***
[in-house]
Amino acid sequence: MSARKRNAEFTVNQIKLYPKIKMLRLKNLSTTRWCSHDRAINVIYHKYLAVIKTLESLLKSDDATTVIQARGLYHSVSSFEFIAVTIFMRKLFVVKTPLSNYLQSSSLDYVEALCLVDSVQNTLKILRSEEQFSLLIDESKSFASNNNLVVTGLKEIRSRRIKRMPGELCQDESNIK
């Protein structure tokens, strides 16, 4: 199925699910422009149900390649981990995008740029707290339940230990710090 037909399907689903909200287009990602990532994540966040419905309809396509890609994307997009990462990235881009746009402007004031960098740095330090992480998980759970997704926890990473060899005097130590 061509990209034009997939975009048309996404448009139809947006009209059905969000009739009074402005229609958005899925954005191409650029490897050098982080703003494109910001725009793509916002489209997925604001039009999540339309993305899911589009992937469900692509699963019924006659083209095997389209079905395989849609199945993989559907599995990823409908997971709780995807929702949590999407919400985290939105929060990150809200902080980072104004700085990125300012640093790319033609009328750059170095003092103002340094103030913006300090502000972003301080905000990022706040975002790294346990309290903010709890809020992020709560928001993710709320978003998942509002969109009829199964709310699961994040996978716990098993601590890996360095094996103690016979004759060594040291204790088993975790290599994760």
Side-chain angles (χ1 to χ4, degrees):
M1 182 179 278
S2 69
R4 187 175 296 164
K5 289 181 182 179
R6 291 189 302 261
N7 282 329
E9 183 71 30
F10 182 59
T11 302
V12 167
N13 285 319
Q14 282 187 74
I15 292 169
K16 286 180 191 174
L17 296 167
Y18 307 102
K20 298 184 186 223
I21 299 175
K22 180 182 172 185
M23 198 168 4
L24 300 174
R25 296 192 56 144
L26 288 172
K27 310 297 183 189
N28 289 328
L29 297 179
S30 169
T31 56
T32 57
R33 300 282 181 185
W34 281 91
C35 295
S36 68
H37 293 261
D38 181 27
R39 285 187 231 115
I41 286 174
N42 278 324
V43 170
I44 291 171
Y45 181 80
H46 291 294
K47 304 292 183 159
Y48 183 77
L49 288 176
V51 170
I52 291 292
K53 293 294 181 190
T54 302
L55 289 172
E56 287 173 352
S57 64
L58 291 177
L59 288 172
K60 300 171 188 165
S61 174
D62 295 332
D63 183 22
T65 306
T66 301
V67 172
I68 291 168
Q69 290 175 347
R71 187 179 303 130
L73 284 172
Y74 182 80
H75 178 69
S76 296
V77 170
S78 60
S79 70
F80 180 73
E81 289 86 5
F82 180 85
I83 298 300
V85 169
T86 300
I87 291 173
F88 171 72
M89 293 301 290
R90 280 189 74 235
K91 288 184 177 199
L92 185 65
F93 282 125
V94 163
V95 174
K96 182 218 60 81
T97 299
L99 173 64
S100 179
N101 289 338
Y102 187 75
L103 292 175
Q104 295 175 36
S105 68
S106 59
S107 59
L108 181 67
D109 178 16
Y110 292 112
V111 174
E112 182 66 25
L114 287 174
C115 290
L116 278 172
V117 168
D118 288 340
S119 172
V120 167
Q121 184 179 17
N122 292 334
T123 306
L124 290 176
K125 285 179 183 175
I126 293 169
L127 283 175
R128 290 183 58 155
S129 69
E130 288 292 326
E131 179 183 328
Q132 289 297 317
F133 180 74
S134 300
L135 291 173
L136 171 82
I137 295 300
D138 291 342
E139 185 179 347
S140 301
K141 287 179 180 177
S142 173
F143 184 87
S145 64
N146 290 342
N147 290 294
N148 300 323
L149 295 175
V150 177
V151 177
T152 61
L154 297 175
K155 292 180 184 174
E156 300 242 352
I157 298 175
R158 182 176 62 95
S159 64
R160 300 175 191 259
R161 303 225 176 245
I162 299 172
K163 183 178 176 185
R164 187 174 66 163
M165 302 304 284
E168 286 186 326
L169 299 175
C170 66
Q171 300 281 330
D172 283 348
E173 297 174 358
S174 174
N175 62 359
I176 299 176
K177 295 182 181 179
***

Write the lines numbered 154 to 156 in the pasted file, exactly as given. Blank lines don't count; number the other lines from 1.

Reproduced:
K163 183 178 176 185
R164 187 174 66 163
M165 302 304 284